Celebrating Circumcision

Circumcision is an ancient practice whose origins date back thousands of years. Genital surgeries on both males and females are routine in many indigenous societies around the world.

In human history, two penises -- one circumcised, one apparently not -- have received the most attention. One belonged to the infant Jesus who, following Jewish tradition, was circumcised on the eighth day after birth. The other belongs to Michelangelo's David whose foreskin has been frequently discussed by scholars and tourists alike.

Innumerable artistic representations through the ages depict the presentation of the Child Jesus for circumcision in the temple. Many Renaissance paintings show the (uncircumcised) penis of the unclothed infant Jesus. Behind this revealing nakedness lay a motive, namely demonstrating that Jesus was indeed human by showing his most human of parts. Depictions of the Madonna's naked breast did the same.

The David, however, is enigmatic. The youth who slew giant Goliath with his slingshot was a Jew and therefore should have been circumcised according to the law of Abraham.

So why is the David not circumcised? Two theories are put forward. First, in Renaissance Florence only the Jewish minority practiced circumcision. Michelangelo may never have seen a circumcised penis and his model was almost certainly intact.

Another possibility has to do with the way Jewish circumcision was practiced until Roman times. It involved -- even for Jesus -- the excision of only that part of the foreskin beyond glans and thereby leaving it covered. Michelangelo, if he like Leonardo knew everything, merely reflected historical accuracy.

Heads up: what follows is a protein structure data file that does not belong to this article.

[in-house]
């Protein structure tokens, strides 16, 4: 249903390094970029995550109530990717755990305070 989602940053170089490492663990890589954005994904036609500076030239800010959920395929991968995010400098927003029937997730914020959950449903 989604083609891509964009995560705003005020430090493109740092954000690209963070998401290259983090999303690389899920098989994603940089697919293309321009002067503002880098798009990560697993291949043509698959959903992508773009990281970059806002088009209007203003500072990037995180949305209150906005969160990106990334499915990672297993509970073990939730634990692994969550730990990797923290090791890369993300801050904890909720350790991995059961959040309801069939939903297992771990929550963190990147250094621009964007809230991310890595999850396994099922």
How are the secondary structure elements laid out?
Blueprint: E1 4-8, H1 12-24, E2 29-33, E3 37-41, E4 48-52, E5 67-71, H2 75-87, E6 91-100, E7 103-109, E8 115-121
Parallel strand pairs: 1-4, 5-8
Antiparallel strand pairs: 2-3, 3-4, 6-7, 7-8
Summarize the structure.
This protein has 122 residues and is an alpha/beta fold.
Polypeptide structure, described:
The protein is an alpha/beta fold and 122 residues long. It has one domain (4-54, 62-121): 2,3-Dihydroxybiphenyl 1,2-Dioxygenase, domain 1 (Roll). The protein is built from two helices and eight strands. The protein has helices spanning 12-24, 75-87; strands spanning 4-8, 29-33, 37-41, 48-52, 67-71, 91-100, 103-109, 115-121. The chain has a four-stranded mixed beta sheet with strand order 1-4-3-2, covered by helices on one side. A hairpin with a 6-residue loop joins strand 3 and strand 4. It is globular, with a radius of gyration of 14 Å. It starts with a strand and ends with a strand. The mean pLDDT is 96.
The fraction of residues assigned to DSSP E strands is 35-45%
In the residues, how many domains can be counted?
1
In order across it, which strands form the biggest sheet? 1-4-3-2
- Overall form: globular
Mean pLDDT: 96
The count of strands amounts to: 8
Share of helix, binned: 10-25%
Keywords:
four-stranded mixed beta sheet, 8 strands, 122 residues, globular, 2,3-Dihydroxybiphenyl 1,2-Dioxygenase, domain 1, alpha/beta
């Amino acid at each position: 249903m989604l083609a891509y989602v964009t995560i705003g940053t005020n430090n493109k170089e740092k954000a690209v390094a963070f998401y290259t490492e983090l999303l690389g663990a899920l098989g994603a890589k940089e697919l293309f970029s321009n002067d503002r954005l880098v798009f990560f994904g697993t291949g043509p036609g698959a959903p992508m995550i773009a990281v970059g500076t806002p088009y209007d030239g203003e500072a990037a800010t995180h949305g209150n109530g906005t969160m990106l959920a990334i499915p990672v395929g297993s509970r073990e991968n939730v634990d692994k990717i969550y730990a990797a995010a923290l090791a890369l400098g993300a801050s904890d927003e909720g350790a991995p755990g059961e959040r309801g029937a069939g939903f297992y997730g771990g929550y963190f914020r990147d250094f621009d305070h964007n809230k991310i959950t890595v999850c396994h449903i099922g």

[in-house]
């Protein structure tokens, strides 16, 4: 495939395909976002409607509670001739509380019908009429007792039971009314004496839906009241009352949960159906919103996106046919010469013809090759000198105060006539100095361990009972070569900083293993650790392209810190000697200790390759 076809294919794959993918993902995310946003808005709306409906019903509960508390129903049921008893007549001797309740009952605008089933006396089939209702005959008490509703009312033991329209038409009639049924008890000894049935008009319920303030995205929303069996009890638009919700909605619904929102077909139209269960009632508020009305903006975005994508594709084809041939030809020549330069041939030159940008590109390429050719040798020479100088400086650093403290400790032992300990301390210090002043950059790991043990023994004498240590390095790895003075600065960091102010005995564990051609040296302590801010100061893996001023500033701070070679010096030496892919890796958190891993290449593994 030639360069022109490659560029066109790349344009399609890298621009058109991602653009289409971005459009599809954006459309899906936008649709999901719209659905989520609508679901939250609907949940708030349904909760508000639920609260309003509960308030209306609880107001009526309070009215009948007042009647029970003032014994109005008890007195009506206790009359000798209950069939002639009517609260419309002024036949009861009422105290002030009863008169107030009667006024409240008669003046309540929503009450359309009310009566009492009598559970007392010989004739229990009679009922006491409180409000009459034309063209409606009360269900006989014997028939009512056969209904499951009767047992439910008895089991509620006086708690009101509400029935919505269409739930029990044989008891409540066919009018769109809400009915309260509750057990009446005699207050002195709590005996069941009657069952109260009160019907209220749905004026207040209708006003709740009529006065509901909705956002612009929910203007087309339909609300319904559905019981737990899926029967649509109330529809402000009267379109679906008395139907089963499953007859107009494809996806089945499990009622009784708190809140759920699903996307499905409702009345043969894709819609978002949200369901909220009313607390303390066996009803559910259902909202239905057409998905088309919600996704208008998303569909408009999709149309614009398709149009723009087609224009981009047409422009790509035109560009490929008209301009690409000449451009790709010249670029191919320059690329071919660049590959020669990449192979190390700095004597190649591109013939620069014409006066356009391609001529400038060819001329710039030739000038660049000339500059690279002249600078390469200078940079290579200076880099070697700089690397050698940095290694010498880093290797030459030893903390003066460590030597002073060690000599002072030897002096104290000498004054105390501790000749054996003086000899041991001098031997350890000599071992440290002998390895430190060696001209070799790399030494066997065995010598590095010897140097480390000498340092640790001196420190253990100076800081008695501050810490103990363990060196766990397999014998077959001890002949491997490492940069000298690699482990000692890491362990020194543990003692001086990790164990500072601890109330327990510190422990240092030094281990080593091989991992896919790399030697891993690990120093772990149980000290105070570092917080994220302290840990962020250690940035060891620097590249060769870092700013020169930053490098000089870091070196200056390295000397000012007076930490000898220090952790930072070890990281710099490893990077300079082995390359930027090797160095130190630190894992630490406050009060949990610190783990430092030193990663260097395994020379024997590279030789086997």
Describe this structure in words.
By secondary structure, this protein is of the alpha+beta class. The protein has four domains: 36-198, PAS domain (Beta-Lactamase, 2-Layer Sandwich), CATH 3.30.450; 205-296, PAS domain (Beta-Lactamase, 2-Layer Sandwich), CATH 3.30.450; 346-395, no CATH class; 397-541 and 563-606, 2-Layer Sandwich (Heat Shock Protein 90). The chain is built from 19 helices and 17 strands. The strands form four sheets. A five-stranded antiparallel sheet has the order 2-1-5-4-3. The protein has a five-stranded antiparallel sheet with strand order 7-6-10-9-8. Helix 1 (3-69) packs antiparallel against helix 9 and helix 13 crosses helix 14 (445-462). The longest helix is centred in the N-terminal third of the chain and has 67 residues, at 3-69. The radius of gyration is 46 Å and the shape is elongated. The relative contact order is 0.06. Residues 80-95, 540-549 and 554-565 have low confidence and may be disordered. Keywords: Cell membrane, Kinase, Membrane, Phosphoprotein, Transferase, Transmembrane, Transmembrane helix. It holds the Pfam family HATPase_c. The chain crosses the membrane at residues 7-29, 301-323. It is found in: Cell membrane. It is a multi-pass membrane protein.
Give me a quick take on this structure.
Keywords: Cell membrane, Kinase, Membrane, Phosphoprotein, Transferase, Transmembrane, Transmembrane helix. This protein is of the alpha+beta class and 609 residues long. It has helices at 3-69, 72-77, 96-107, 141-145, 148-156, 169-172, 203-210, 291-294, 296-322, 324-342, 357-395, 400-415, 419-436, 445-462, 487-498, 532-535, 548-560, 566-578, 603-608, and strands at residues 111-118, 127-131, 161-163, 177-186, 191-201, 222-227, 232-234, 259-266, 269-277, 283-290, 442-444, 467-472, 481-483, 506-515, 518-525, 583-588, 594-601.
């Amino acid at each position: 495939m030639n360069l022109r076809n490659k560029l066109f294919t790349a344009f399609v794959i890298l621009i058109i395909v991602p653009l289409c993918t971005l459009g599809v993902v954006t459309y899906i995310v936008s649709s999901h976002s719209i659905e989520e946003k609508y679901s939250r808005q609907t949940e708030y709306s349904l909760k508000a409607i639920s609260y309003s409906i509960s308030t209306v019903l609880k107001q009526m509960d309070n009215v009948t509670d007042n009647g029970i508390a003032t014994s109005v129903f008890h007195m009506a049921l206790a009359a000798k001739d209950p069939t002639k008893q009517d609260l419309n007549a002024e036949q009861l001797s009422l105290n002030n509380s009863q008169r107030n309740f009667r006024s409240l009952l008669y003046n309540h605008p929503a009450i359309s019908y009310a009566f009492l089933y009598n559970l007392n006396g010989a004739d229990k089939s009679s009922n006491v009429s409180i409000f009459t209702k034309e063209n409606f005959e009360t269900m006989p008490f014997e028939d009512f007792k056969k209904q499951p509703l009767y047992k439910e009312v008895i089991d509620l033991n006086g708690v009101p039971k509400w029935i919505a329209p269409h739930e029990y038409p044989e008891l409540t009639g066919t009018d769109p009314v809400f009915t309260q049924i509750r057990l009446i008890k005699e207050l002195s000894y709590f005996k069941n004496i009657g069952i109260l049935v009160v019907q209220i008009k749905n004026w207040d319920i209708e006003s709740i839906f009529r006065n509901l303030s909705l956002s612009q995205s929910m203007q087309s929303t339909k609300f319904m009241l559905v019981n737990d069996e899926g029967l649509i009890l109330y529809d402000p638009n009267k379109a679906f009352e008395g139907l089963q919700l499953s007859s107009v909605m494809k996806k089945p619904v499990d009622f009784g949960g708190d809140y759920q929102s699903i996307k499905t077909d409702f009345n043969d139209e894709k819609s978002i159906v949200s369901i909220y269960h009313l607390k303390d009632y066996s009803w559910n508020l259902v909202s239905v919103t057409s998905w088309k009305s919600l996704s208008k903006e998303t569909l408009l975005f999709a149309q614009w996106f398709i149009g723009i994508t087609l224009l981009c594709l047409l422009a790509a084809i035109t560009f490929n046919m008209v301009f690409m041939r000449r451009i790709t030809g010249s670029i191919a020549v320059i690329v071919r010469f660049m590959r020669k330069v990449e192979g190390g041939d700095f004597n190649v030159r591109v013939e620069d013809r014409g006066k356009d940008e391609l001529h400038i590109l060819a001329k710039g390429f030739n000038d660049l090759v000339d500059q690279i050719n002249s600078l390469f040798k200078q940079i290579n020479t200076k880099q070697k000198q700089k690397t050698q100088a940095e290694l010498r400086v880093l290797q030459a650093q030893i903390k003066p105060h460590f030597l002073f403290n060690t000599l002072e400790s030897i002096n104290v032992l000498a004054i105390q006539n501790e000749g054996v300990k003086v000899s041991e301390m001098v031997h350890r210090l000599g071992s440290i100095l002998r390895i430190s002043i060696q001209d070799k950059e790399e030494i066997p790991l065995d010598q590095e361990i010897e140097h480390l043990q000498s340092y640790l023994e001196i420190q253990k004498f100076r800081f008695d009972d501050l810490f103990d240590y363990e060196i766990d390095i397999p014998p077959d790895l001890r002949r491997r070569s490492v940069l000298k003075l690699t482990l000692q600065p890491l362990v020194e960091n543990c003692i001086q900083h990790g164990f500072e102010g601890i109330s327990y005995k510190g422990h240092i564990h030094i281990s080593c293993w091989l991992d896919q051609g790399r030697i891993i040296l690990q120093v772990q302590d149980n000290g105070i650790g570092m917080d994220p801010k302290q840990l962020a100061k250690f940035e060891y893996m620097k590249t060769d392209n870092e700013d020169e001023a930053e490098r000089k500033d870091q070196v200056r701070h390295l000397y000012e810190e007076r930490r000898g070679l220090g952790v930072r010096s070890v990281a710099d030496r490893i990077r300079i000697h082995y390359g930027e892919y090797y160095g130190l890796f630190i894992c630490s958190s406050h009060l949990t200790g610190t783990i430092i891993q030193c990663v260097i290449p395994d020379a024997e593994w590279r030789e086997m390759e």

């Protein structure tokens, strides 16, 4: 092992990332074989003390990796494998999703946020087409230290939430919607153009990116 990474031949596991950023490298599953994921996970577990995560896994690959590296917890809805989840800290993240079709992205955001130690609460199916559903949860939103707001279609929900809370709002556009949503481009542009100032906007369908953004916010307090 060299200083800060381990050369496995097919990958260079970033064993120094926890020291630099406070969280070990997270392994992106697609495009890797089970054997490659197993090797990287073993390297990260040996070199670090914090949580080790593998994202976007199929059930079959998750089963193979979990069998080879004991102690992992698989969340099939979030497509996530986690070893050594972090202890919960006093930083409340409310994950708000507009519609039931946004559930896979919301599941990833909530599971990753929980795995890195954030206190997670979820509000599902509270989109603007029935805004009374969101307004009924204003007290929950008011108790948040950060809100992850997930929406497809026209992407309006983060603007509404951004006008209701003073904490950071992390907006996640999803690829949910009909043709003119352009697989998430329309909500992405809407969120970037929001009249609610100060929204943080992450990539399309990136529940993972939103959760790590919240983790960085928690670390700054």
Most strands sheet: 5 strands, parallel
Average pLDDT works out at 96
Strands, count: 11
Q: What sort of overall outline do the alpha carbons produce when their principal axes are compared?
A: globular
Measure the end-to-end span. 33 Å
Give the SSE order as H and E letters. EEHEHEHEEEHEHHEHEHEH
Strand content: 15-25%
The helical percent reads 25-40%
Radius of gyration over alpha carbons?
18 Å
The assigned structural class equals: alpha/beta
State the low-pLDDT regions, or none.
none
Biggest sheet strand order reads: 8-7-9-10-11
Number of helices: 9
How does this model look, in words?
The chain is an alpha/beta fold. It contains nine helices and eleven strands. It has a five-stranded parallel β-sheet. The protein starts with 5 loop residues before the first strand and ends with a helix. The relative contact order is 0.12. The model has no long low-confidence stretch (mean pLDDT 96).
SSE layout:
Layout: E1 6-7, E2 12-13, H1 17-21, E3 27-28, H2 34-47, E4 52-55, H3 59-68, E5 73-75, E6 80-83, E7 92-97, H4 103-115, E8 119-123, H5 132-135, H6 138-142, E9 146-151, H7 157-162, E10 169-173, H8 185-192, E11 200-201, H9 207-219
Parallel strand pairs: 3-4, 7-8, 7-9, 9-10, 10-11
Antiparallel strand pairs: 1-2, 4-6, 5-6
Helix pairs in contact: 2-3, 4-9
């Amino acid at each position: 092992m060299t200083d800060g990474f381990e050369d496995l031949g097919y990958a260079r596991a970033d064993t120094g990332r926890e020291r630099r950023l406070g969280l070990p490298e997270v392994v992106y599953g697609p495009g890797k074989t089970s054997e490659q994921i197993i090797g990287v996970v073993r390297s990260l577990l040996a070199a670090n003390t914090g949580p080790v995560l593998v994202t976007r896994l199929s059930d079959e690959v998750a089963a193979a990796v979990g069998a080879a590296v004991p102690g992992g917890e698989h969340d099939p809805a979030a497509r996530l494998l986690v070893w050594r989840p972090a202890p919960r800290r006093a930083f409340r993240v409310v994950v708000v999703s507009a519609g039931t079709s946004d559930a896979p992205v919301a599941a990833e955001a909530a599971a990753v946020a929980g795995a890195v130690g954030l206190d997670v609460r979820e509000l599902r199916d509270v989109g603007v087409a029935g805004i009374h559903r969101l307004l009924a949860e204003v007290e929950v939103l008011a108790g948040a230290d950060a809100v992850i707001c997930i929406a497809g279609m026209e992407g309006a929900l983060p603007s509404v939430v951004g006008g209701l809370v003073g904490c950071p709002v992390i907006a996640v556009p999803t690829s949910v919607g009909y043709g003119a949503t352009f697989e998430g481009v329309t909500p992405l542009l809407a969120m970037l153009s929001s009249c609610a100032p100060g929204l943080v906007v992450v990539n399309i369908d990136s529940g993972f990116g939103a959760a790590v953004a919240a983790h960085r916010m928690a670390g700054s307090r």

Representation of circumcision in art does not stop here. One of the most puzzling renditions is Jackson Pollock's "The Circumcision" (1946). A friend of Pollock's suggested the name only after the work was complete. Few hints in the finished painting suggest the surgical removal of a foreskin. It may only be, as a friend of mine suggested, that Pollock was representing "the stars" you'd see during the surgery!

There's more. Three performance artists have made very public statements about this thing that is usually hidden and seldom spoken of. Just over decade ago, Afrikaner artist Peet Pienaar stood in frozen pose upon a pedestal in a Cape Town museum while a Xhosa practitioner circumcised him, thereby submitting himself as a white man to the black man's traditions and control over his body

More recently in Washington, D.C., Adrian Parsons retrieved his intact penis from his Levis, stretched out his foreskin, used his Swiss Army knife to cut it off, and inserted the severed tissue into a smallish hole in wall of the Warehouse gallery. Afterwards, neither the audience nor the wounded artist was in a state for the explanation Parsons originally planned.

Over lunch recently in the Corcoran Gallery where he now works, I heard Parson's undelivered remarks. He wanted to evoke a similitude of the experience of the victims of suicide bombers, who, if not killed outright, are hit by fast moving bits of flesh and bone.

These become embedded in the victim's bodies and are difficult to identify and remove. The bomber's tissue often becomes a living part of the victims' bodies. Not wanting to assault the audience with his flesh, Parsons simulated it making a part of his body a part of the gallery itself.

Even more recently in the 2012 San Francisco Fringe Festival, Glen Callender, clad only in running shoes and a black T-shirt emblazoned with "I <3 My Foreskin," celebrated a part of his body he feels fortunate to retain.

Over a meal the next day, he spoke of his goal of awakening America to the pleasures and functions of the foreskin -- something men circumcised at birth will never experience. He dreams of a future where natural genitals of both men and women will be left intact.

Pienaar and Parsons won't be repeating their performances. Callender, however, plans more one-man shows, booths at street fairs and foreskin-pride demonstrations. The Holy Prepuce is said to have remained on earth after Jesus ascended into heaven as the Church debating the matter for nearly two centuries. Four Italian churches claim to have preserved bits of the relic. Neither David, the replica in Palazzo Vecchio nor the original now housed in the Accademia, has felt the chisel since Michelangelo.